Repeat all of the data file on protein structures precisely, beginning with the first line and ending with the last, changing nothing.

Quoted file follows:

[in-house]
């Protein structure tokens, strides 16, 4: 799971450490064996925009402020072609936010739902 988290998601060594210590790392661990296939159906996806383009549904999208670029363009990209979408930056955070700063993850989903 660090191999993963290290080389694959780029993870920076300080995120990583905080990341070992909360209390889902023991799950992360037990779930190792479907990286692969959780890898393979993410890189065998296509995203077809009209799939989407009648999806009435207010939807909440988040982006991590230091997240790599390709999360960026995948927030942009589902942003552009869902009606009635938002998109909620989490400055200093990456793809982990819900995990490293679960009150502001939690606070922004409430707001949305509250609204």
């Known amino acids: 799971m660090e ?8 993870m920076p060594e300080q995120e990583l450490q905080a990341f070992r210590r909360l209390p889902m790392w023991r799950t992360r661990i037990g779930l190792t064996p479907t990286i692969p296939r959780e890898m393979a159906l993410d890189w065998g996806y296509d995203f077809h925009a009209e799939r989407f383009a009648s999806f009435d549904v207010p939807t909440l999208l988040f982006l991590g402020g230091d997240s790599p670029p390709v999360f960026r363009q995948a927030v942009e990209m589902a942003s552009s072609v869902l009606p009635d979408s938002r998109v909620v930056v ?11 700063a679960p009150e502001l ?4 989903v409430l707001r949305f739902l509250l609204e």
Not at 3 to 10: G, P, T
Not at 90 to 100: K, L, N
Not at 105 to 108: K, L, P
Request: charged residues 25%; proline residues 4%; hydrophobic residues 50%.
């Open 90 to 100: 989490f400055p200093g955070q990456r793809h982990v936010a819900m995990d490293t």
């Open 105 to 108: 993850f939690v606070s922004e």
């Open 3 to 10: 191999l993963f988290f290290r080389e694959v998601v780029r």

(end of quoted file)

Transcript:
[in-house]
């Protein structure tokens, strides 16, 4: 799971450490064996925009402020072609936010739902 988290998601060594210590790392661990296939159906996806383009549904999208670029363009990209979408930056955070700063993850989903 660090191999993963290290080389694959780029993870920076300080995120990583905080990341070992909360209390889902023991799950992360037990779930190792479907990286692969959780890898393979993410890189065998296509995203077809009209799939989407009648999806009435207010939807909440988040982006991590230091997240790599390709999360960026995948927030942009589902942003552009869902009606009635938002998109909620989490400055200093990456793809982990819900995990490293679960009150502001939690606070922004409430707001949305509250609204």
């Known amino acids: 799971m660090e ?8 993870m920076p060594e300080q995120e990583l450490q905080a990341f070992r210590r909360l209390p889902m790392w023991r799950t992360r661990i037990g779930l190792t064996p479907t990286i692969p296939r959780e890898m393979a159906l993410d890189w065998g996806y296509d995203f077809h925009a009209e799939r989407f383009a009648s999806f009435d549904v207010p939807t909440l999208l988040f982006l991590g402020g230091d997240s790599p670029p390709v999360f960026r363009q995948a927030v942009e990209m589902a942003s552009s072609v869902l009606p009635d979408s938002r998109v909620v930056v ?11 700063a679960p009150e502001l ?4 989903v409430l707001r949305f739902l509250l609204e």
Not at 3 to 10: G, P, T
Not at 90 to 100: K, L, N
Not at 105 to 108: K, L, P
Request: charged residues 25%; proline residues 4%; hydrophobic residues 50%.
């Open 90 to 100: 989490f400055p200093g955070q990456r793809h982990v936010a819900m995990d490293t």
């Open 105 to 108: 993850f939690v606070s922004e």
């Open 3 to 10: 191999l993963f988290f290290r080389e694959v998601v780029r």